How to Alter a Blazer That is Too Big or Small (Easy Tips)

If you’ve lost weight, gained weight, or inherited a blazer intended for a different body shape altogether, don’t give up on that poorly-fitting blazer just yet.

Regardless of whether it’s a formal suit jacket or a more casual affair, a few minor adjustments could turn a blazer from the perfect nightmare into the perfect dream. Even better, you don’t need to be a tailoring wizard to achieve expert results – some adjustments can be made without you having to thread so much as a single needle, while others can be done with the bare minimum of sewing know-how.

All that being said, there are a few things that are going to be impossible, regardless of how much skill and expertise you have. A blazer is a bit of a complex beast, possessing an intricate structure that can only be sized down, sized up, or otherwise adjusted to a certain extent.

Can you alter a blazer? Cinching the waist by a dress size or two, adding shoulder pads where there are none, removing shoulder pads where there are some, narrowing the sleeves, shortening the length by an inch or two… all of these can be achieved without much surgery.

But if you were hoping to turn a size 8 blazer into a size 18, a waist-length blazer into a bottom grazing one, or dramatically alter the shoulders, forget it. No matter how skilled a tailor you are, proportions and sizes can only be changed by so much before you lose the structure of the blazer entirely.

Here, we look at what you can change… and how to do it.

How To Alter a Blazer For a Woman


When it comes to altering a woman’s blazer, the exact method you’ll need to use depends on what you’re hoping to achieve. If the blazer looks boxy and old-fashioned, cinching it in at the waist can update it in a heartbeat… as can lopping off a chunk from the end and turning it into a funky cropped jacket.

Ultimately, what you do will depend on what look you want… but considering a lot of complaints about women’s blazers center on them being too ‘square’, a more fitted silhouette will be on most people’s wishlist.

To achieve a more flattering design, start by working out how much of the blazer’s fullness you want to remove. You can do this by trying the garment on before shaping it into the desired fit with sewing pins (if it’s a particularly bulky fabric, you might find clip-style clothespins work better). Once you’ve figured out what needs to be removed from where, take the blazer in at the side seams and hold the alterations in place with basting stitches. Check the fit again; if you’re happy, stitch through the outer fabric and lining to secure. Remove the basting stitches to finish. (read also fabric for blazer)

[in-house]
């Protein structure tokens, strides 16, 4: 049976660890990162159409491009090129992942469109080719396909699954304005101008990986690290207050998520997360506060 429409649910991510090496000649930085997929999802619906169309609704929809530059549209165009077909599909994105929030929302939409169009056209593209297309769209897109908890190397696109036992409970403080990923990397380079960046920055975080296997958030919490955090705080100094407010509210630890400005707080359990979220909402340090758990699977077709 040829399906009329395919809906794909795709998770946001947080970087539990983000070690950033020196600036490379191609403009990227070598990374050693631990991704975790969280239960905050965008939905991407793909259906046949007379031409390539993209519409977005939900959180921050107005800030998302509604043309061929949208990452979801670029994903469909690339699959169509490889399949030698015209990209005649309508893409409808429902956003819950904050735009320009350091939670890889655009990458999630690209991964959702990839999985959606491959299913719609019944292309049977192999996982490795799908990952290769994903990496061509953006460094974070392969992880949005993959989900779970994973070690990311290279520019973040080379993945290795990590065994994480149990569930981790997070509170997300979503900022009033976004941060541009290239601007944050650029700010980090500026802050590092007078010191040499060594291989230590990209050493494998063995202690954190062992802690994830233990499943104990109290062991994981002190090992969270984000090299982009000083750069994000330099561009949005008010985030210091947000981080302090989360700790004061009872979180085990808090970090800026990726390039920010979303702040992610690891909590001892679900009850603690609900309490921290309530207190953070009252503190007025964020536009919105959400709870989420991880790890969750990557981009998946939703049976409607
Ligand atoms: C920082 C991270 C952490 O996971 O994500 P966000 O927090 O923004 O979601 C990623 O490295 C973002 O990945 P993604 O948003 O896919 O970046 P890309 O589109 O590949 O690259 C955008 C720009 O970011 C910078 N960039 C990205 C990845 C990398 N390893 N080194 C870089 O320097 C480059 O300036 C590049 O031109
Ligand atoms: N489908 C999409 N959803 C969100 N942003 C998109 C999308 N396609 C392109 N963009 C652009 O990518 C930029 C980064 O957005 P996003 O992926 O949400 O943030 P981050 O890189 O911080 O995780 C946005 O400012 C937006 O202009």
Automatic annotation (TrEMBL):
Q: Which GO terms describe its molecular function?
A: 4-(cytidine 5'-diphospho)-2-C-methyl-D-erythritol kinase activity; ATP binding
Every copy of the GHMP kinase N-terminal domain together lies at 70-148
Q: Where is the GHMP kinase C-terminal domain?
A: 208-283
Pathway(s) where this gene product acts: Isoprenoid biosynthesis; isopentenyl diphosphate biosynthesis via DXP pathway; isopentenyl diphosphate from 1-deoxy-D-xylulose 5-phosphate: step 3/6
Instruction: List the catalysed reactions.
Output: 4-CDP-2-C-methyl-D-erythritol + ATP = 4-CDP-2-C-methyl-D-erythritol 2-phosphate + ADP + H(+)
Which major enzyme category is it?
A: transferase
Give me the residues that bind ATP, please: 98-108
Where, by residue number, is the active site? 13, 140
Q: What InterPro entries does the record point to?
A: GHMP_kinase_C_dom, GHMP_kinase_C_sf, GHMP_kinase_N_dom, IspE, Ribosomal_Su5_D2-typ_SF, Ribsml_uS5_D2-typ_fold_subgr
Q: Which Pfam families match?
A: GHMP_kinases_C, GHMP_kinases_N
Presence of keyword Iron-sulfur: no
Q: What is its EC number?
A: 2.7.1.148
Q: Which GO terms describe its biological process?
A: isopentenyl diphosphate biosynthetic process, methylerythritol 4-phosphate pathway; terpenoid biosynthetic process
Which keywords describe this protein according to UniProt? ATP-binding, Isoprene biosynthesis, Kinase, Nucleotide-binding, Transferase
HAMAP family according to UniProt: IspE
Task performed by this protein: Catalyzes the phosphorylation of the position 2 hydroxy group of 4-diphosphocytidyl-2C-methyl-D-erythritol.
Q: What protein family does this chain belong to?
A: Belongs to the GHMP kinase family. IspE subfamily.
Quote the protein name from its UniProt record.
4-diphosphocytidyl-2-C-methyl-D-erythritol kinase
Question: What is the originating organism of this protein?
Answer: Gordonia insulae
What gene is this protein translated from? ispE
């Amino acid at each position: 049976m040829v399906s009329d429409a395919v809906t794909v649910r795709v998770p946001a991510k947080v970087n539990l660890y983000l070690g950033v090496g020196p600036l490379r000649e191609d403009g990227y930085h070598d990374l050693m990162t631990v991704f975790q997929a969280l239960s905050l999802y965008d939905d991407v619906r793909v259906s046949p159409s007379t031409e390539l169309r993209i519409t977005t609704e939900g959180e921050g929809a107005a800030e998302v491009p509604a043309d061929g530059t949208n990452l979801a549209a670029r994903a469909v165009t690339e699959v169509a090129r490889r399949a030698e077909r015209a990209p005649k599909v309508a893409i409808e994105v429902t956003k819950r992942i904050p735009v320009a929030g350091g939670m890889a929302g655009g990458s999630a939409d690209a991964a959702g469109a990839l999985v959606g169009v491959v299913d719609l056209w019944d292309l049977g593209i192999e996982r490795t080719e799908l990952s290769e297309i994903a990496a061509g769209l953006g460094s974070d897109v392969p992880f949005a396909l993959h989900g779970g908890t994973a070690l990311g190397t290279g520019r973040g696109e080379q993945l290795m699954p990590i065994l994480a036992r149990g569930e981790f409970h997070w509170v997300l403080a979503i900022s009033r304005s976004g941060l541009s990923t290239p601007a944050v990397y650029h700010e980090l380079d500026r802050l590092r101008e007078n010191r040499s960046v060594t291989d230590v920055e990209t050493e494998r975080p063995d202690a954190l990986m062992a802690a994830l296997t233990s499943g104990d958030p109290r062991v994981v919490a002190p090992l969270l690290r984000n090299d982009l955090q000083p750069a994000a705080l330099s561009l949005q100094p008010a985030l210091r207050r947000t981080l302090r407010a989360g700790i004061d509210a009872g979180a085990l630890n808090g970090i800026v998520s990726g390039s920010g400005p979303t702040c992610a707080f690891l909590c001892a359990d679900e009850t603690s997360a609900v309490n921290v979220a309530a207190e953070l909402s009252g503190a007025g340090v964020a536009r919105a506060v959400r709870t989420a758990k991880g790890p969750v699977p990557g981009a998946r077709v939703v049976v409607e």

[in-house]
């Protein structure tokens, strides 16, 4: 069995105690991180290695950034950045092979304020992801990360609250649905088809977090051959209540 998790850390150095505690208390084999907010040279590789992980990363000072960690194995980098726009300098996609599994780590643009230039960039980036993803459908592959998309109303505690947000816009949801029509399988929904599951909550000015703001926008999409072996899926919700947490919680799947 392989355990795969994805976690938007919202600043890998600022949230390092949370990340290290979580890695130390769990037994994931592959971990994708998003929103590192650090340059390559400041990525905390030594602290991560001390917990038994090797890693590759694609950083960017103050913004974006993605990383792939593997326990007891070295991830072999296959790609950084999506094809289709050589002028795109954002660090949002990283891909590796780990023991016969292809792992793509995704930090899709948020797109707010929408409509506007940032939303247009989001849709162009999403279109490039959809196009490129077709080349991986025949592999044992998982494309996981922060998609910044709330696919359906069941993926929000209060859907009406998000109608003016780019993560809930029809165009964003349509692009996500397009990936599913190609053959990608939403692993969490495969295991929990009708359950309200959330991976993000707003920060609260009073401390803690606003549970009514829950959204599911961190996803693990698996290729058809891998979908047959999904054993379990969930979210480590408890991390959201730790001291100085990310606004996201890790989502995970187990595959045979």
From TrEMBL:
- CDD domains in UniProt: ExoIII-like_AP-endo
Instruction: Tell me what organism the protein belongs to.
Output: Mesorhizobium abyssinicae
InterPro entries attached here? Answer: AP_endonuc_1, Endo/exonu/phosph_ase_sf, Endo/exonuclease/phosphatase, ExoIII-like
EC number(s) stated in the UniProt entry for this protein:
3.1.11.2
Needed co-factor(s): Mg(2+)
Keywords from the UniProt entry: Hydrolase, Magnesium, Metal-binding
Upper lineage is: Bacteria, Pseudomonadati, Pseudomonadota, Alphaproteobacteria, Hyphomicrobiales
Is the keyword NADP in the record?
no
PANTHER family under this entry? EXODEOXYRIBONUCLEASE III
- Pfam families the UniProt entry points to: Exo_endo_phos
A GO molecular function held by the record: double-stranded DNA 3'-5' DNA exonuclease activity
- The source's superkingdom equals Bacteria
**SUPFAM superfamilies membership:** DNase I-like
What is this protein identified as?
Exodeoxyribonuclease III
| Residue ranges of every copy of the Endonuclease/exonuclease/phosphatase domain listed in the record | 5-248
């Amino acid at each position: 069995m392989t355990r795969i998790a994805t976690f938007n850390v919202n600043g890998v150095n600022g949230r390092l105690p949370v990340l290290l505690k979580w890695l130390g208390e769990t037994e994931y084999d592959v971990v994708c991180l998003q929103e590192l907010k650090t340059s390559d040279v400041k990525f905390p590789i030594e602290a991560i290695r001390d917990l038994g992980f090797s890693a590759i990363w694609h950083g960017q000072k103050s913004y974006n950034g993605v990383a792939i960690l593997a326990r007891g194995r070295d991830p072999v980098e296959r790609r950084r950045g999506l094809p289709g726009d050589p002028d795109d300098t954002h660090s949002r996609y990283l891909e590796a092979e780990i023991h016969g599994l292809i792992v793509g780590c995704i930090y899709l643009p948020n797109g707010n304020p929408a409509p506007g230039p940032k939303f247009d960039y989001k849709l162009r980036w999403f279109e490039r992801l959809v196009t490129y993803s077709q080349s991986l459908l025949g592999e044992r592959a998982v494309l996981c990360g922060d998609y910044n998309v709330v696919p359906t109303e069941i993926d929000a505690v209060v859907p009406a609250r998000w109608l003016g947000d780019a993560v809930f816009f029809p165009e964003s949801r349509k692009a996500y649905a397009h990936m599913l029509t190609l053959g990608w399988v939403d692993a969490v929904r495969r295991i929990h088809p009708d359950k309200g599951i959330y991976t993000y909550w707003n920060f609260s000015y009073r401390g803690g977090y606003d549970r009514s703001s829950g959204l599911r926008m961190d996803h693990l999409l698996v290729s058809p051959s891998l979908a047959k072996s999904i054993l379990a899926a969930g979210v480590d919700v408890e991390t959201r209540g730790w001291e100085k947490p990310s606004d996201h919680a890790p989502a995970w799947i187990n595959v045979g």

Altering a Blazer That is Too Big

If your blazer’s more than a couple of sizes bigger than you want it to be, you might need to consider donating it or repurposing it as something else. Due to the elaborate structure of blazers, trying to adjust them by more than 1 or 2 dress sizes risks comprising their integral design. But providing your expectations are realistic, making small reductions to the length, waist, sleeves, and chest is more than possible. We’ll look at how to adjust certain other areas shortly, but first, let’s take a look at how to shorten a blazer that’s too big lengthwise.

The Method

  • Step 1 - Put the blazer on and determine how much of the length you want to remove. Pin the inside of the blazer all the way around to indicate the desired length.
  • Step 2 - Remove the old hem to release the lining (you might find using a seam ripper helps).
  • Step 3 - Ensure the new hem is straight all the way around by using a ruler. Fold the blazer in half to ensure both sides are aligned. Insert the lining into the new hem, pinning and smoothing as you work your way around.
  • Step 4 - Once you’ve pinned the new hem in place, try the blazer on to make sure you’re happy with the length. Make any adjustments needed, then hand stitch the hem in place. Iron the hem on the inside of the jacket to finish.

Tailor a Blazer Waist


If you’re a fan of blazers, you’ll know that finding one that doesn’t look a little boxy can be a challenge. For reasons known only to them, designers seem to think we all either have square middles ourselves, or really appreciate a blazer that makes it look like we do.

While finding a blazer with a fitted waist is a chore, adjusting one to have one isn’t. Earlier, we looked at how to cinch in a waist by taking the blazer in at the side seams. Here’s how to achieve the same results with darts.

The Method

  • Step 1 - Open up the lining at the front seam. Try the blazer on, and use pins to mark out which areas need to be taking in.
  • Step 2 - Take the blazer off and move the pins from the front of the blazer to the corresponding place on the inside (you might find it easier to leave the front pins in place while you line up the ones on the inside).
  • Step 3 - Make as many darts as are needed to ensure a good fit. You might find the darts are easier to sew by hand than by machine if the blazer is lined. Remove the pins as you go along. Re-stitch the seams to finish.

How To Take in Blazer Shoulders

Of all the adjustments you can make to a blazer, shoulders are the most difficult. A few minor slips and you could easily end up with a scrunched-up shoulder line or one that droops… neither of which is likely to be what you intended. It’s not entirely impossible, however… just take it carefully with those scissors.

The Method